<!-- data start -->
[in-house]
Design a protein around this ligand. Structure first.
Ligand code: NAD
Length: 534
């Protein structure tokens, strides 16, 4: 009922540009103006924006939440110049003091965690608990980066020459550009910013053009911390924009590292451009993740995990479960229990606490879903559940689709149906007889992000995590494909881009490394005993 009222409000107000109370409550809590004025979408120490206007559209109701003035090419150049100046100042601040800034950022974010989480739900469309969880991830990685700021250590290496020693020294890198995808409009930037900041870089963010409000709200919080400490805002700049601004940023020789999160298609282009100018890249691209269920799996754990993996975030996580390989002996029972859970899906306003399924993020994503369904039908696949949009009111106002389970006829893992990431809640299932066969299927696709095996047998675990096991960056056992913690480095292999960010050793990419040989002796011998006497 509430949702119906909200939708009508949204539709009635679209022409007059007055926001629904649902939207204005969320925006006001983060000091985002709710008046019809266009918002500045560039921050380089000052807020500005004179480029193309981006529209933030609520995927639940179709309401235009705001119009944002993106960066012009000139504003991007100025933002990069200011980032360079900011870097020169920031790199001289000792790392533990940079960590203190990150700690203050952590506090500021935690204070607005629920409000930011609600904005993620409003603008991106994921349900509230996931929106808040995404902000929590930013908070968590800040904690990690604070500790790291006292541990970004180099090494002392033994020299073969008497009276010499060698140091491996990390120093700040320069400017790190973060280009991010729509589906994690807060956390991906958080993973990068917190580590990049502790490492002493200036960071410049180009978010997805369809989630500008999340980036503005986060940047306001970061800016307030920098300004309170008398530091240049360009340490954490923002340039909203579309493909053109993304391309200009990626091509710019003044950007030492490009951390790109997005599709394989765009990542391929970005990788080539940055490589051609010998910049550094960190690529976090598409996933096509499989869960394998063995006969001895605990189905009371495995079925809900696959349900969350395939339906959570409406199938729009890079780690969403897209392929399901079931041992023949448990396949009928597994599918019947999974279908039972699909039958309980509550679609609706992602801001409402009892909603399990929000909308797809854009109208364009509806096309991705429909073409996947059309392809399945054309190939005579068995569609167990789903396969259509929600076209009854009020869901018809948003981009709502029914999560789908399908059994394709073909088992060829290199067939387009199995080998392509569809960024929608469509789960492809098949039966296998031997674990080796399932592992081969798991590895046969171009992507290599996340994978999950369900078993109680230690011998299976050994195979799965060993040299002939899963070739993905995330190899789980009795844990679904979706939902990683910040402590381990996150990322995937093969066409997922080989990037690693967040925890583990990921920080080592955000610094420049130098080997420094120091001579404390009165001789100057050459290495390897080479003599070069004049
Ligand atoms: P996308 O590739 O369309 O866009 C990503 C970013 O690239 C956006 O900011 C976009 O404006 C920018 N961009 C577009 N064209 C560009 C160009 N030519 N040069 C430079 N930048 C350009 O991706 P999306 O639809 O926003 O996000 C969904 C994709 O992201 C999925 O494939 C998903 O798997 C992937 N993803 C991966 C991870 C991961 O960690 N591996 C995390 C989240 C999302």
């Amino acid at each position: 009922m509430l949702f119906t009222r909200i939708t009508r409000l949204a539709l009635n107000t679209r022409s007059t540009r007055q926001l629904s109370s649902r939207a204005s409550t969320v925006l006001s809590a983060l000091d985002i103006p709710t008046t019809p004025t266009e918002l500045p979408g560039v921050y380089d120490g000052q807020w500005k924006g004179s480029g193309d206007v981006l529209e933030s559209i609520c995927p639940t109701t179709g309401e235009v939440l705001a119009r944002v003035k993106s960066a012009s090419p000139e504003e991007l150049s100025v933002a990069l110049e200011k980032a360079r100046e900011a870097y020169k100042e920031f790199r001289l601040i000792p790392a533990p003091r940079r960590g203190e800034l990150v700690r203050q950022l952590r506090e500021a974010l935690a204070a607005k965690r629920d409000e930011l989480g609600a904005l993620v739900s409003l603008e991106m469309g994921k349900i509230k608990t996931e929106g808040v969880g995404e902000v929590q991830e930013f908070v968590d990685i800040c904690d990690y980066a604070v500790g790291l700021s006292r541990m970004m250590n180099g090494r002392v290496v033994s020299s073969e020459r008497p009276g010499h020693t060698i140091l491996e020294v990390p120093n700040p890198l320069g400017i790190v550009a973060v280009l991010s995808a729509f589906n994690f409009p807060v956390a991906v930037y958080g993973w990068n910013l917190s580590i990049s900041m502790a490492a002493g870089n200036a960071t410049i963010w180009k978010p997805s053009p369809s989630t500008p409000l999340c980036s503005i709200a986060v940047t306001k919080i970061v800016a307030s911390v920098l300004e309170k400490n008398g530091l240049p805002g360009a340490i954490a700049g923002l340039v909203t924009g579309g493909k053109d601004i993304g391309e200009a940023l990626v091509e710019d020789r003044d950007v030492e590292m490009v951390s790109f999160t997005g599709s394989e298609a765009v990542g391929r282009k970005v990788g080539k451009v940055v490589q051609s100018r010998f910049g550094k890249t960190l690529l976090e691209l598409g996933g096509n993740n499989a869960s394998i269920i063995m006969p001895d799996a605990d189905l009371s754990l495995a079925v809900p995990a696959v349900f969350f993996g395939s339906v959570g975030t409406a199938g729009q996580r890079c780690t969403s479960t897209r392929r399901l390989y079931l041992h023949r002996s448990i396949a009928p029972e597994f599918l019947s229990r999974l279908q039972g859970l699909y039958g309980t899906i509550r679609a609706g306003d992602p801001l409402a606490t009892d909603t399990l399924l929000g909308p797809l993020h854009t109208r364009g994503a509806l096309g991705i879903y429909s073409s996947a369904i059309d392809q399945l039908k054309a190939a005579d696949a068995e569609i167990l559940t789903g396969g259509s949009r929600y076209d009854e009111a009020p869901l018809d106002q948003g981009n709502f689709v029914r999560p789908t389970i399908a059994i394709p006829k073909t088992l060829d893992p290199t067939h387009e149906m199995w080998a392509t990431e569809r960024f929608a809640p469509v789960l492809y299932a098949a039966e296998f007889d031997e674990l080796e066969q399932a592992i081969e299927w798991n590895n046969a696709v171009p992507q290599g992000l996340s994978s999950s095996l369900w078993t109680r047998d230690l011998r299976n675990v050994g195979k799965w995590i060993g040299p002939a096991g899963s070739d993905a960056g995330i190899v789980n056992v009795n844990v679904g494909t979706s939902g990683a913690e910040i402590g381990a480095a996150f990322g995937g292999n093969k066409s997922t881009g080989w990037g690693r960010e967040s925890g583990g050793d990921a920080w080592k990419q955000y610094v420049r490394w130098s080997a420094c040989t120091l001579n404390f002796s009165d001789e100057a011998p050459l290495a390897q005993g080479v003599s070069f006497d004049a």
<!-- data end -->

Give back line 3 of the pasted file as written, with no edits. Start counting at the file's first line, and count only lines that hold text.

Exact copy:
Ligand code: NAD